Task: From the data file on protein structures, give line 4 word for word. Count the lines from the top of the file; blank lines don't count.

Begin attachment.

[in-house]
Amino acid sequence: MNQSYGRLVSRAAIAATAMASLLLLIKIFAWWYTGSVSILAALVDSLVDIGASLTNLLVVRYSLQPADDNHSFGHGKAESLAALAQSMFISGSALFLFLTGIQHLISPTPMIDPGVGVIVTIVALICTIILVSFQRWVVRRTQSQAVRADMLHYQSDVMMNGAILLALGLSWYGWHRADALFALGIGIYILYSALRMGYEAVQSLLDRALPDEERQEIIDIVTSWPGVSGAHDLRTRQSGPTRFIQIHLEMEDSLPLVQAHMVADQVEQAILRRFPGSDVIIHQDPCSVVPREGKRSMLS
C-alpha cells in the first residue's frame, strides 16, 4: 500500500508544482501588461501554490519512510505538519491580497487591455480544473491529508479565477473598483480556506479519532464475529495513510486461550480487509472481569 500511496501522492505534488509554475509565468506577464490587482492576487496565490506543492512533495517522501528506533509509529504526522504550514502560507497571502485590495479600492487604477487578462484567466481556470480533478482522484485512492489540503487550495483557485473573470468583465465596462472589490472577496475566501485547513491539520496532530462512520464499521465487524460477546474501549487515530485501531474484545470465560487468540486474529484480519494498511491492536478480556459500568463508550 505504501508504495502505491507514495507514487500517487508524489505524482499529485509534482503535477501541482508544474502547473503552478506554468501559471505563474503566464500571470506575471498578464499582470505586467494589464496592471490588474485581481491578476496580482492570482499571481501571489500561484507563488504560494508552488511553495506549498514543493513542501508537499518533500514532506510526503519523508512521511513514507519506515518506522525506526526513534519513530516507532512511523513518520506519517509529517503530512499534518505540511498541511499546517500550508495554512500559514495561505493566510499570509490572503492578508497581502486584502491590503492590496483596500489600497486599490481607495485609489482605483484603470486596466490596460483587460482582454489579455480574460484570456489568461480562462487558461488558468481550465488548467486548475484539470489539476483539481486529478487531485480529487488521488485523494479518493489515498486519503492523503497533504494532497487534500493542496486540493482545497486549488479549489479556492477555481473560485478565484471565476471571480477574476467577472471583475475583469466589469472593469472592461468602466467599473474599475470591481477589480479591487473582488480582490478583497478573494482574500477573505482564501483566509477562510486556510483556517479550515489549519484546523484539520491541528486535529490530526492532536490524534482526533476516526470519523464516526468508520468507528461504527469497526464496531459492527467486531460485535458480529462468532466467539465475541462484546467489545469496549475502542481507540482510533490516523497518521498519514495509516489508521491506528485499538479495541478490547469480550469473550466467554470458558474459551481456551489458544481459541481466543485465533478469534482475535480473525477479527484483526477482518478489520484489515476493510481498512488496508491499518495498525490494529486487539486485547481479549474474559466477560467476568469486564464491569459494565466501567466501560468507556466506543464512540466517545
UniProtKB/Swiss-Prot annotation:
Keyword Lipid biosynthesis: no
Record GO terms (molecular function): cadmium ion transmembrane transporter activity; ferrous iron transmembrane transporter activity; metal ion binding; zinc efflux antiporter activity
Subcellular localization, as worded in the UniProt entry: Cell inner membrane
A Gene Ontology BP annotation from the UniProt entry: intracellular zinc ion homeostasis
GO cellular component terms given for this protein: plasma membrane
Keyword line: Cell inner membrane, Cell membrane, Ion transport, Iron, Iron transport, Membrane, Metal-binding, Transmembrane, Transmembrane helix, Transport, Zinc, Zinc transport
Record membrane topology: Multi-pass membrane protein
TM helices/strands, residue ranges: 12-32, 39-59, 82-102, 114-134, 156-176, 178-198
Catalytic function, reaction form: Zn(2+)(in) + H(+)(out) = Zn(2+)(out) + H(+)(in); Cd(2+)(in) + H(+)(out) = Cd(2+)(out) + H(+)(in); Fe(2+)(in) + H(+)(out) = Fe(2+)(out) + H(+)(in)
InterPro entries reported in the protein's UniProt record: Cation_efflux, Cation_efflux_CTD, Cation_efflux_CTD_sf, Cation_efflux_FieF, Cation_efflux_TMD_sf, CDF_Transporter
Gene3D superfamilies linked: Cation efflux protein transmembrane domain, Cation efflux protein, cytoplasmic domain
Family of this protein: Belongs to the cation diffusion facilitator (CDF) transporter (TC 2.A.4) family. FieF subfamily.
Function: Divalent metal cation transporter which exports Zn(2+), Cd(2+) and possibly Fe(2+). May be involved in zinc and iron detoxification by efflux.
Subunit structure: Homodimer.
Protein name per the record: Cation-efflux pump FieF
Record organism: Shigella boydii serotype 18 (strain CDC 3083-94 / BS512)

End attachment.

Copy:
UniProtKB/Swiss-Prot annotation: